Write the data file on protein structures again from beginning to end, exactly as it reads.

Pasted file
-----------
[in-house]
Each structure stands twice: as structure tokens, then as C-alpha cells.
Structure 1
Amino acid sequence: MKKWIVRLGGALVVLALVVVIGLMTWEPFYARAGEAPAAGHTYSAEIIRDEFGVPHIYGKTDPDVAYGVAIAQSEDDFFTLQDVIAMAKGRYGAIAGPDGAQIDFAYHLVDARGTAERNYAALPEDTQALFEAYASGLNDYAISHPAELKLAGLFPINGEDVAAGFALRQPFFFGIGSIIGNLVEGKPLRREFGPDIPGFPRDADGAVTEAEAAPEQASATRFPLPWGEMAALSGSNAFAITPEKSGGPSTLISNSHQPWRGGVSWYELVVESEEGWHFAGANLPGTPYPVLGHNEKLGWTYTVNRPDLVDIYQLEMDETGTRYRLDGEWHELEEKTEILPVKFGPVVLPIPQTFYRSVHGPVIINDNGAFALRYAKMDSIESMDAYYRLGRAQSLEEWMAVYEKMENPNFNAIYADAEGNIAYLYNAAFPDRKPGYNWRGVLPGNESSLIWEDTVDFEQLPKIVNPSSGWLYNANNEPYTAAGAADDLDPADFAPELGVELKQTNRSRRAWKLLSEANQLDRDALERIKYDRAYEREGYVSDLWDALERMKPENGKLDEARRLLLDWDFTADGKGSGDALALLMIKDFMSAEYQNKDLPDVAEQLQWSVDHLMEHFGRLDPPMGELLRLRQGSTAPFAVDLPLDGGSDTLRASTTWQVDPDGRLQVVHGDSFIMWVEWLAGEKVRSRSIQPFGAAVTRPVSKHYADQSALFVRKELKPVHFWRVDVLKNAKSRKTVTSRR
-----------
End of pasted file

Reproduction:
[in-house]
Each structure stands twice: as structure tokens, then as C-alpha cells.
Structure 1
Amino acid sequence: MKKWIVRLGGALVVLALVVVIGLMTWEPFYARAGEAPAAGHTYSAEIIRDEFGVPHIYGKTDPDVAYGVAIAQSEDDFFTLQDVIAMAKGRYGAIAGPDGAQIDFAYHLVDARGTAERNYAALPEDTQALFEAYASGLNDYAISHPAELKLAGLFPINGEDVAAGFALRQPFFFGIGSIIGNLVEGKPLRREFGPDIPGFPRDADGAVTEAEAAPEQASATRFPLPWGEMAALSGSNAFAITPEKSGGPSTLISNSHQPWRGGVSWYELVVESEEGWHFAGANLPGTPYPVLGHNEKLGWTYTVNRPDLVDIYQLEMDETGTRYRLDGEWHELEEKTEILPVKFGPVVLPIPQTFYRSVHGPVIINDNGAFALRYAKMDSIESMDAYYRLGRAQSLEEWMAVYEKMENPNFNAIYADAEGNIAYLYNAAFPDRKPGYNWRGVLPGNESSLIWEDTVDFEQLPKIVNPSSGWLYNANNEPYTAAGAADDLDPADFAPELGVELKQTNRSRRAWKLLSEANQLDRDALERIKYDRAYEREGYVSDLWDALERMKPENGKLDEARRLLLDWDFTADGKGSGDALALLMIKDFMSAEYQNKDLPDVAEQLQWSVDHLMEHFGRLDPPMGELLRLRQGSTAPFAVDLPLDGGSDTLRASTTWQVDPDGRLQVVHGDSFIMWVEWLAGEKVRSRSIQPFGAAVTRPVSKHYADQSALFVRKELKPVHFWRVDVLKNAKSRKTVTSRR